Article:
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Discussion in 'Basses [BG]' started by dbull, Apr 21, 2009.

  1. dbull


    Feb 26, 2009
    North Carolina
    I just got a new Rickenbacker 4003, but the E string hits the frets a ton when I play. Has anyone had this problem and if so, how do you correct it (raising the bridge did not help). Is it the neck, or do many of them have this problem?
  2. DeanT

    DeanT Send lawyers, guns and money...

  3. Rush-2112


    Dec 14, 2008
    New York City
    Unless you really know what you're doing, I'd get the repair done professionally. I've heard Ricky truss rods are really hard to get...so if something goes wrong and the truss rod breaks, you might run into some trouble.

    Just a suggestion :)
  4. fender_mod


    Jun 23, 2005
    take it to a pro. my buddy tried to adjust his ricky himself and snapped the truss. now its a very expensive decoration.
  5. RickenBoogie


    Jul 22, 2007
    Dallas, TX
    Is it buzzing when amplified? If not, I wouldn't worry, but if it is, +1, have a set up done.
  6. Korladis

    Korladis Banned Supporting Member

    Only old 4001 truss rods. To adjust those, you must bend the neck to where you want it manually, and then adjust the truss rods to simply hold it there.

    4003 truss rods work like any other bass's truss rods, only, there are two of them. Also, Rickenbackers are made to have the neck dead flat. It is, however, advised, like with most basses, that you shouldn't turn a truss rod more than a quarter of the way around at a time.
  7. FrankBlankPlank


    Aug 27, 2008
    A 'new' Rickenbacker? Send the damn thing back. There seems to be a pattern developing recently. People buying new Rickenbackers and having various problems with them.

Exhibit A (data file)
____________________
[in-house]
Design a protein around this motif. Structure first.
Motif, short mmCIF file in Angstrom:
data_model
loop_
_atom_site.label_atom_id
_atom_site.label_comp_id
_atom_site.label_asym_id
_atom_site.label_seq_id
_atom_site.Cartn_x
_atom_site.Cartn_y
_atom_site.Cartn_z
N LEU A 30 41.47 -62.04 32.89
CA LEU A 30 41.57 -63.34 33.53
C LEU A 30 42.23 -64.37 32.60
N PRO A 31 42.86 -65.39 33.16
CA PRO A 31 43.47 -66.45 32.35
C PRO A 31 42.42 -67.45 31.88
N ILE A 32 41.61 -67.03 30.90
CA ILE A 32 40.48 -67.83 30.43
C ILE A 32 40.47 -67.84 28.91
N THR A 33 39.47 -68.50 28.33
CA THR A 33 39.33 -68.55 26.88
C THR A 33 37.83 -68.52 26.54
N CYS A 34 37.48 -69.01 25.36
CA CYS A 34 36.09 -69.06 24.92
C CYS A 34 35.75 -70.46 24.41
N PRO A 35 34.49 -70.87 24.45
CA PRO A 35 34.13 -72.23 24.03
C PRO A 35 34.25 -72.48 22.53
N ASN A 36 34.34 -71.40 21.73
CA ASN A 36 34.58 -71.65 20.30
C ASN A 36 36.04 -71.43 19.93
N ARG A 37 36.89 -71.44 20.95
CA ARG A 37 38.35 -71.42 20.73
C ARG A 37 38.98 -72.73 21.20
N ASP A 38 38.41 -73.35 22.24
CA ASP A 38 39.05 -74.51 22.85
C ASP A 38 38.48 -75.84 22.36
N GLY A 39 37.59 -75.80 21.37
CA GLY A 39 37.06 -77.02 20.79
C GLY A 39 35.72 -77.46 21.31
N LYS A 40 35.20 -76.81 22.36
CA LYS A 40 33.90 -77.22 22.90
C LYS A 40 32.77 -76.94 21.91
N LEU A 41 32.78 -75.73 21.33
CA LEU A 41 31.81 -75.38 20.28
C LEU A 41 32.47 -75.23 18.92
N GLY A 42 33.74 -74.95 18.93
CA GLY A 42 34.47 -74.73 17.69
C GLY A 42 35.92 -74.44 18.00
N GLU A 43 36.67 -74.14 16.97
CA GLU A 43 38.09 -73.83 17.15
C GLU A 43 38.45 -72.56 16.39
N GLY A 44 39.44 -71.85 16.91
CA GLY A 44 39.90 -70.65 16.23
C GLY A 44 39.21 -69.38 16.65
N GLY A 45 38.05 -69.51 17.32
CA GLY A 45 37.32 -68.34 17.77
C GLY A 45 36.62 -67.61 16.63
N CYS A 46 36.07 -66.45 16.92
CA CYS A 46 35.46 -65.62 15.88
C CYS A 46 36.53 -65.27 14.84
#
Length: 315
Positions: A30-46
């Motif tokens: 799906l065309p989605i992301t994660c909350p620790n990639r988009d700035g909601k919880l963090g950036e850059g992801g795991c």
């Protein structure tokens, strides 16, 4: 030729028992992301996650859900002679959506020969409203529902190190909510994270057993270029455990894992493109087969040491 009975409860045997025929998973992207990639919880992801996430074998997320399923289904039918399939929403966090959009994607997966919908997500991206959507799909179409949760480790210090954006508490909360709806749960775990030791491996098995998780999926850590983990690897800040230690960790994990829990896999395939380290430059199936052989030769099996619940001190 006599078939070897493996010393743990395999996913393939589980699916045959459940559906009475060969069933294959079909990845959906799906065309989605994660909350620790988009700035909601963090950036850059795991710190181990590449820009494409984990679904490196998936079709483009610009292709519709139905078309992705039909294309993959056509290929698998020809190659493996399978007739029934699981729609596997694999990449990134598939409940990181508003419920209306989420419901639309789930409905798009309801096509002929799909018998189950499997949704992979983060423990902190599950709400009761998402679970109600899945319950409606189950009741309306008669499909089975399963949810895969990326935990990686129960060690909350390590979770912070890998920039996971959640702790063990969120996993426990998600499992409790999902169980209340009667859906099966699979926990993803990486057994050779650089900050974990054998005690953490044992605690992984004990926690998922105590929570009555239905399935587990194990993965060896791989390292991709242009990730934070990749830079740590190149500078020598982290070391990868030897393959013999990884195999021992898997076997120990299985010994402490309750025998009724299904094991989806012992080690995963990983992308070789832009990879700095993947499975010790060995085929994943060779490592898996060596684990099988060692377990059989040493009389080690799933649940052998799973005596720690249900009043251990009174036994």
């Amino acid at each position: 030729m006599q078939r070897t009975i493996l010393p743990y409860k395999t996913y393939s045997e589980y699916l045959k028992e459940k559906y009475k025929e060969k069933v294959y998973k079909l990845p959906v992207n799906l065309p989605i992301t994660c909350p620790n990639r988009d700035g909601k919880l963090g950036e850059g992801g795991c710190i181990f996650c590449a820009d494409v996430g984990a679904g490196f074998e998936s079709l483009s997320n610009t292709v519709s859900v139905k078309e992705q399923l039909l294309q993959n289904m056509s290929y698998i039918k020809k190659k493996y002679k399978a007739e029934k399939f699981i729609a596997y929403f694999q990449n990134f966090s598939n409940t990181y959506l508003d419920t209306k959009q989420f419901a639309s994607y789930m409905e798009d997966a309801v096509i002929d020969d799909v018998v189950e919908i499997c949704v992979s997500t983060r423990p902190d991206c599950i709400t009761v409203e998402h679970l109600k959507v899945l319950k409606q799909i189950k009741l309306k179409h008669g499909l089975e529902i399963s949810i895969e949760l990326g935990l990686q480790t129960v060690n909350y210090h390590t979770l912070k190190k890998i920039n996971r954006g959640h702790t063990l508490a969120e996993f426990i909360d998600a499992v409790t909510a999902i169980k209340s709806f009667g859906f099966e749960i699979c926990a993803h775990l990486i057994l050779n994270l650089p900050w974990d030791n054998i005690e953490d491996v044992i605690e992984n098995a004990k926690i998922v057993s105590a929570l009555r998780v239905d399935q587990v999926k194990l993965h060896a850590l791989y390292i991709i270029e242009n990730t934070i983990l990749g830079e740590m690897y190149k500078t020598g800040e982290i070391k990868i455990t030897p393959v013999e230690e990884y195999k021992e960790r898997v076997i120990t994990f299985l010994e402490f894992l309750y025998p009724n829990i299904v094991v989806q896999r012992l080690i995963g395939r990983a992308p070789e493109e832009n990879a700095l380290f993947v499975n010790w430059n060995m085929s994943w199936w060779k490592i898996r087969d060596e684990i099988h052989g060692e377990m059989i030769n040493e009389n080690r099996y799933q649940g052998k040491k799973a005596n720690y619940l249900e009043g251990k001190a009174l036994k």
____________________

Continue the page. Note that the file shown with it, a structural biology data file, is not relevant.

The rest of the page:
For what these things cost, the least Rickenbacker can do is check 'em out before they ship 'em out.

    Isn't the big gripe with Fender Mexico the fact that the QC is slapdash? Looks like Ric have adopted the Fender business model without actually offering a cheaper line of instruments!
  8. Korladis

    Korladis Banned Supporting Member

    Warranty. Use it.
  9. dog1


    Dec 30, 2008
    I dunno. I wouldn't ship my bass anywhere if it only needs an adjustment. After all, no set-up guy can know exactly how you want your bass to play. If only the E string is the problem, then more than likely just the bass side needs adjustment.

    Fret the E at the first and last frets and look at the string clearance in the middle of the neck. If the string is touching the frets in the middle of the neck while you are fretting at the first and last frets, then the neck has a bow and the truss on that side needs to be loosened a bit. If however, there is clearance between the frets and the string (middle of the neck) then you already have relief in the neck and the truss should be tightened. If the neck is flat, (not touching the frets and only paper thin clearance in the middle), then either raise the bass side of the bridge, or look into the possibility that the nut slot is cut too deeply.

    I agree that Rics can be hard to dial in, but once they are, they are one of the best available. ;)
  10. Ric5

    Ric5 Supporting Member Commercial User

    Jan 29, 2008
    I convert 4 string Rickenbackers to 5 string basses.
    you should learn how to adjust and set up any bass you own.
  11. dog1


    Dec 30, 2008

    As a case in point. I just changed strings from Ric stock strings to Ken Smith Slick rounds. (these strings are great!) Anywho....the tension must be different between the strings, and I found the action too high after the change. After only 20 minutes, a couple small turns of each truss nut, and some minor bridge adjustments, the bass plays great again. If I could not have done this myself, it would have involved a trip to the music store and money for a set up.

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